The affected person might even notice strange tastes in their mouth that no one else would otherwise be able to discern. It can be a similarly metallic or a burned taste just as in the scents.These are examples of common cases, of course, and there are worse symptoms out there.
Seizures or Convulsions
All of these pale in comparison to some of the more troubling physical and mental symptoms of a concussion. Even a simple concussion can trigger seizures or convulsions in a victim. Whether these seizures only happen once, or if they persist over time, it is prudent for anyone with a traumatic head injury to investigate them with the help of their doctor.
A person who suffers a serious concussion may find that they experience a certain amount of irritability in the short term. This irritability can be a portent of other, more serious personality changes to come, ranging from further malaise and short-temper to those as serious as full-on depression. In times like these, medication might have to be introduced to regulate these psychological symptoms.
Prone to Concussions
Concussions are fairly common in younger children like infants and toddlers, who spend much of their time walking around like drunken sailors and not watching where they’re going. They are also pretty common in older kids, who either don’t wear protective helmets when they ride a bicycle or end up roughhousing a little too much. Their symptoms are slightly different.
Children with Symptoms
Despite their obvious penchant for it, concussions can be difficult to recognize in young children. Unlike adults, infants and toddlers can’t really describe how they feel. Therefore it’s important to watch for signs. And there are plenty of them that would give even the most inattentive parents cause for concern.
Children are especially sensitive to concussions and exhibit a number of symptoms which one might not be able to detect at first. After all, especially young children aren’t exactly adept at walking quite yet to begin with. Nevertheless, any frequent loss of balance following an injury should be a clear indication.
If a child who has been injured appears to be listless or lacking in the exuberance they once exhibited, it would be a good idea to have them checked out for any sort of traumatic brain injury. Listlessness is a sure sign that something might be wrong.
Children are already possessed of pretty crazy mood swings. They can go from laughing and happy to crying uncontrollably in the very next moment. If you notice a child is abnormally cranky or is crying excessively, then it may be a good idea to check them for any lumps or bumps.
If a child seems to show a lack of interest in their favorite toys, games, or heaven forbid, electronic devices, it may be a sign of something wrong. The same holds true if attempts to engage them in play behavior winds up being unsuccessful.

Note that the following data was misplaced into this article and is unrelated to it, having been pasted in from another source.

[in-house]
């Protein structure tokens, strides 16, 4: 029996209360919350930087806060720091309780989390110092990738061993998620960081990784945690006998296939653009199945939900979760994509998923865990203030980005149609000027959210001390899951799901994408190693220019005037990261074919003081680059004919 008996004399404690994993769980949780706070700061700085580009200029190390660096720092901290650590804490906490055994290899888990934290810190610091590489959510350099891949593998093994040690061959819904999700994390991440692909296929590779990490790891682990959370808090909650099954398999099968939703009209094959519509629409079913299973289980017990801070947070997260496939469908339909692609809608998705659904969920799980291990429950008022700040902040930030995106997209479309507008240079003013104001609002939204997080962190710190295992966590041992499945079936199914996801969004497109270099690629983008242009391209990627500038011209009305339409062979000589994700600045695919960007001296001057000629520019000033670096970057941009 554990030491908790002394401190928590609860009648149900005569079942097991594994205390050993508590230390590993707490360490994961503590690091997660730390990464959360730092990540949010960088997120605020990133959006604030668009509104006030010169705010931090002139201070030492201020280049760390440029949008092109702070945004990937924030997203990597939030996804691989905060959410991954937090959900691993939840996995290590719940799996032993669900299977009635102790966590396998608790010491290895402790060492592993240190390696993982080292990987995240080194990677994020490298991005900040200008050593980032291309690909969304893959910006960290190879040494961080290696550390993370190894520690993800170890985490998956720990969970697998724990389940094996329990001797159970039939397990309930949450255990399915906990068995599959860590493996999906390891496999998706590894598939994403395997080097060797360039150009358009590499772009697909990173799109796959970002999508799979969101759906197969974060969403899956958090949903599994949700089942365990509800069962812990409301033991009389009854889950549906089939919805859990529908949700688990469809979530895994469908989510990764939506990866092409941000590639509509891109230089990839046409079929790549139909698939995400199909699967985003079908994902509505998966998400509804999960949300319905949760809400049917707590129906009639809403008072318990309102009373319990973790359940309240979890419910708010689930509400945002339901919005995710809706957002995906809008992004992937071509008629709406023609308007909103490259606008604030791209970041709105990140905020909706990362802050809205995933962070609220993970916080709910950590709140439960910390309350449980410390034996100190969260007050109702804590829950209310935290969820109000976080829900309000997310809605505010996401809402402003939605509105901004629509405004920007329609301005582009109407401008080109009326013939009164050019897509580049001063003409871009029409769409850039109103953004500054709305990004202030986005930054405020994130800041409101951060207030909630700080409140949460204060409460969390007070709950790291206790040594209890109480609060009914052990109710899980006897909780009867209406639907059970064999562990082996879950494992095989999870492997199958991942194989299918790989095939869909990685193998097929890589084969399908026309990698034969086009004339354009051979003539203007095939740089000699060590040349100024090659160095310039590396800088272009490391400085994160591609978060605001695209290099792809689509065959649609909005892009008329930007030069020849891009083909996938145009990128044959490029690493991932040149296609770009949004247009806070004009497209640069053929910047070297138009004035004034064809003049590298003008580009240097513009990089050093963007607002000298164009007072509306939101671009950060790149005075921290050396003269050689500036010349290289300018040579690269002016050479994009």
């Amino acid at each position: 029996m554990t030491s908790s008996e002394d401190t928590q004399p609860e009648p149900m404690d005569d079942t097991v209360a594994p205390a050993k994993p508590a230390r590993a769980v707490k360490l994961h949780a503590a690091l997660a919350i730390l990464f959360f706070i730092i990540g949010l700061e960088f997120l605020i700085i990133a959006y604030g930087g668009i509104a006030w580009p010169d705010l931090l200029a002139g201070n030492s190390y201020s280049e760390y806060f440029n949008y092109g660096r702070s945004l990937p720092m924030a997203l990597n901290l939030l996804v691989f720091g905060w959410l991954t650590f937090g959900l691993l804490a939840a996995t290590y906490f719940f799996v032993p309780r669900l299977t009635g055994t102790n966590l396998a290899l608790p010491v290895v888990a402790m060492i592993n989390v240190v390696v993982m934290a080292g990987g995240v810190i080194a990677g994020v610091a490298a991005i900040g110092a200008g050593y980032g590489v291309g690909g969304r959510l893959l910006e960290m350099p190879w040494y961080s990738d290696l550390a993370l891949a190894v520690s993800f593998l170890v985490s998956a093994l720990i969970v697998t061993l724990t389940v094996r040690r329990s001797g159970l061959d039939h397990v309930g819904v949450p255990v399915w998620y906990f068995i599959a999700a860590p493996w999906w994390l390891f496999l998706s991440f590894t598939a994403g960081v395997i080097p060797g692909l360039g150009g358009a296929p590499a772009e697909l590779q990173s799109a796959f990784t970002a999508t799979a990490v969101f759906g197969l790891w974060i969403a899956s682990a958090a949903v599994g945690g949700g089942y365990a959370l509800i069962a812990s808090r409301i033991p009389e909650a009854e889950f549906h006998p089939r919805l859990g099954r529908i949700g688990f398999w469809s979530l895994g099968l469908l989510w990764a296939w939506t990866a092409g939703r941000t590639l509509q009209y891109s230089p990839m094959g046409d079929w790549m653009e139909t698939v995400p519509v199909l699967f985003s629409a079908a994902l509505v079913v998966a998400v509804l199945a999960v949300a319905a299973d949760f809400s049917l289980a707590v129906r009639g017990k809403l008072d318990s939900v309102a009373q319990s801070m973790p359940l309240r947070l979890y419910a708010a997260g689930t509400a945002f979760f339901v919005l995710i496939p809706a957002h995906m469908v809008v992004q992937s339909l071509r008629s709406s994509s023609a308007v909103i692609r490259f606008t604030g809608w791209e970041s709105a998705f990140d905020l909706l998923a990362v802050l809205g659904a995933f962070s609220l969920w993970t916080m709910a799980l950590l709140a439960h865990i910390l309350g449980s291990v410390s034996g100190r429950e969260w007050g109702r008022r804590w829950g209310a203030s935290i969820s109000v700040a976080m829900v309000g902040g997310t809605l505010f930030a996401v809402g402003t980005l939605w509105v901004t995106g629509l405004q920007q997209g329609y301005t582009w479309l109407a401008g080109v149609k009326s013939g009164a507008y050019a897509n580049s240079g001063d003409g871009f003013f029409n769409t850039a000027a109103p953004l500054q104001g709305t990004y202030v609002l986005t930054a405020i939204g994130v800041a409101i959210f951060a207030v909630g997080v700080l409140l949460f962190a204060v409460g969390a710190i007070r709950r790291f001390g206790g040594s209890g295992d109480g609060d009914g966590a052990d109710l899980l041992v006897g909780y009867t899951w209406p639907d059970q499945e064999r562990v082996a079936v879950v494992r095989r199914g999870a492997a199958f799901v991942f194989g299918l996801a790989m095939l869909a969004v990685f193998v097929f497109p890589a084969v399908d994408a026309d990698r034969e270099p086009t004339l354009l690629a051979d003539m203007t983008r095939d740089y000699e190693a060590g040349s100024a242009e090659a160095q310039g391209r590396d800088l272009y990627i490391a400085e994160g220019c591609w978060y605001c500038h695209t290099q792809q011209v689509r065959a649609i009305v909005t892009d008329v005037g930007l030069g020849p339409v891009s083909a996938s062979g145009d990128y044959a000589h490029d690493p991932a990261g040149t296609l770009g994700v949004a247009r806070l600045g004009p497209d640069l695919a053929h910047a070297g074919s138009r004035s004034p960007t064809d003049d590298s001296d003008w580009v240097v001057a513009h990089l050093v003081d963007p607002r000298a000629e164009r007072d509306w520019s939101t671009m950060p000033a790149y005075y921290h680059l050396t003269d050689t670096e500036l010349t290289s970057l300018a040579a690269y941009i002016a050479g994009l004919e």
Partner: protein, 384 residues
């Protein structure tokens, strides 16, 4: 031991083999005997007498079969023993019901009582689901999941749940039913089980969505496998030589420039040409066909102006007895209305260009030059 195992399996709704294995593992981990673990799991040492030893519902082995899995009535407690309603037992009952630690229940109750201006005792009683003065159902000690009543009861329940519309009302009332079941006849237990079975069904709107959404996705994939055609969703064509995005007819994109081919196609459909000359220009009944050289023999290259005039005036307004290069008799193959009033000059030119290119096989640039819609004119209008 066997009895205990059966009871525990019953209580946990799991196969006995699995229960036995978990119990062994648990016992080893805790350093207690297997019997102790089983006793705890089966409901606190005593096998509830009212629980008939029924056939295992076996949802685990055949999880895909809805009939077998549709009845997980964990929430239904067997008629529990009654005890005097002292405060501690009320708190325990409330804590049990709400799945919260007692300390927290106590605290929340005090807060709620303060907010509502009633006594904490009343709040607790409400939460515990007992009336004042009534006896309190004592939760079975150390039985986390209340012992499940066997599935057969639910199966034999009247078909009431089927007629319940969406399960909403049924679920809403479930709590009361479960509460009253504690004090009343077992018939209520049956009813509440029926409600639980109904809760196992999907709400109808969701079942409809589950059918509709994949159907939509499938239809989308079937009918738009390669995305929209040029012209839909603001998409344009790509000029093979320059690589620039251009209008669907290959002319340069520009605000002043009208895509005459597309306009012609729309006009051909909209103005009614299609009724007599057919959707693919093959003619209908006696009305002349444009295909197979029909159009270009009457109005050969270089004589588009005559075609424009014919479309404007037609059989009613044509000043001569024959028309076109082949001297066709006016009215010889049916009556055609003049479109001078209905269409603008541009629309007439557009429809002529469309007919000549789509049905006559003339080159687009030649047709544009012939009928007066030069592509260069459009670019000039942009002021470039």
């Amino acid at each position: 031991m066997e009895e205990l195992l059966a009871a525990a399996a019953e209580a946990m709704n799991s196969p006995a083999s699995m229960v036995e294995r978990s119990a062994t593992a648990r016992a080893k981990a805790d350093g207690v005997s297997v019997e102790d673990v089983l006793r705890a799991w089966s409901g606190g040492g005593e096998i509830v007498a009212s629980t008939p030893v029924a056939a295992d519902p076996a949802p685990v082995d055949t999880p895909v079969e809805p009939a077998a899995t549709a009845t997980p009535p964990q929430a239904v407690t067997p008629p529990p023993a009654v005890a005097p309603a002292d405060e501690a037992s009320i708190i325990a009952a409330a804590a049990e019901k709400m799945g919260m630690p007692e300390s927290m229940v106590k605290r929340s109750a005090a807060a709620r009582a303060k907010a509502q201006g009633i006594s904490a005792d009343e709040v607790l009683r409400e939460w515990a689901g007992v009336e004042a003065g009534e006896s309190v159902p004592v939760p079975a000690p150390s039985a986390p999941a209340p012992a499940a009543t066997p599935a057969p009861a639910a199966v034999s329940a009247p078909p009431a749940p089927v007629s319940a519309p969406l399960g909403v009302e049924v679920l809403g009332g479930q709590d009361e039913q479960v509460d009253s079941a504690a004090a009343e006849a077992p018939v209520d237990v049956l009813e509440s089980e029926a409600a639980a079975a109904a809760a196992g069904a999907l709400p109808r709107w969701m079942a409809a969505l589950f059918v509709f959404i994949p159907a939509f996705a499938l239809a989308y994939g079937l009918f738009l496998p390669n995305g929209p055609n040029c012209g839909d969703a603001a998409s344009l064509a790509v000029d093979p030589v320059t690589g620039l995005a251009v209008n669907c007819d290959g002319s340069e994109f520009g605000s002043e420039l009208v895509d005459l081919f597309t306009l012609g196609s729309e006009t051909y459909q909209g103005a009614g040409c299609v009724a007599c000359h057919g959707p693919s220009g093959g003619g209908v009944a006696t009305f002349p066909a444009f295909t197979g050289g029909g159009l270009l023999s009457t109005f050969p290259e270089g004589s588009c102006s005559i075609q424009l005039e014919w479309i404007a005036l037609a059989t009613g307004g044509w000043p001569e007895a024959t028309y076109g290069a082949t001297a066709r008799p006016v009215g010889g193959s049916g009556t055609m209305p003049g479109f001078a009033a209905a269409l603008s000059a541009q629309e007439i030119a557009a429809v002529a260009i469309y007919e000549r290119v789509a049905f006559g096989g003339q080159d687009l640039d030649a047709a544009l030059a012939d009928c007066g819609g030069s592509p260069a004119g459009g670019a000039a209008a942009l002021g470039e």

New parents know all too well that children rarely sleep all the way through the night, this is especially true of younger children like babies and toddlers. If a potentially injured child seems to be sleeping more or sleeping less than they normally do, it may be an indication of a concussion.
Kids never seem to want to eat the things we prefer they would. It’s not unusual for children to avoid eating fruits, vegetables, and unfamiliar foods. However, if your child doesn’t want to eat chicken nuggets, cookies, or mac n’ cheese following a head bump, it might be a good indication something’s up.
If your child has a clear bump or bruise on their head that causes them to cry out when you touch it, that’s not unusual. That said, if they cry when their head is moved or seem inconsolable following an accident, it might be prudent to take the child to the doctor or the emergency room as soon as possible.
In uninjured people, pupils should dilate consensually and be of equal size. If a person or child is suffering from a concussion though, the pupils may seem to be unequal sizes or else dilate unevenly. This is a serious and not always overt sign of a potentially serious injury.
Another way to see if the eyes are working properly after an injury is to try and get the injured person to track the movement of an object or a light. You can also ask them to reach out and touch the object or otherwise indicate where it is. If they can’t seek medical advice.
Simply knowing and recognizing the symptoms is only the first step in assessing how much danger someone might be in. Ultimately, it comes down to knowing when you should take someone to the doctor and when something more drastic has to be done. No one wants to go to the hospital for no reason.
Doctors use a sort of grading system called the Glasgow Coma Scale for practically diagnosing the severity of a concussion or telling what neurological state someone is in. This is not something that one can do without training, however, so if you suspect someone is severely concussed, just call in the professionals.
Even if it doesn’t seem like the victim of a concussion needs to see a doctor or if they have made it clear they don’t wish to, it’s important to at least touch base within one or two days with a physician just in case. This is especially true for children, including those who might not exhibit symptoms. They may ultimately be fine, but it doesn’t hurt to check.
If a concussion is not addressed right away, this type of injury could cause bleeding in and around the brain, which can often be fatal. It can also lead to serious long-term physiological and physical effects. The best way to help someone with a concussion, including yourself, is to monitor them and make sure that if symptoms persist, you seek medical attention.
In most people, the perceptible symptoms of a concussion usually resolve themselves in about two weeks. The after-effects of a concussion can be severe though, and the best way to recover is to rest one’s brain during recovery. This includes avoiding computers or smartphones as well.
Above all else, remember to get or allow for long periods of rest when suffering a concussion. Once the initial period of worry is over, sleep can be one of the most effective ways to achieve this. Also, remember to take mental breaks during work and school hours and refrain from sporting activities.
Post Concussion Syndrome
It’s rare, but some people who suffer concussions can develop something known as Post-concussion syndrome or PCS. Those with the condition continue to experience symptoms related to their concussions for weeks. The best way to relieve this is, again, long periods of rest following injury.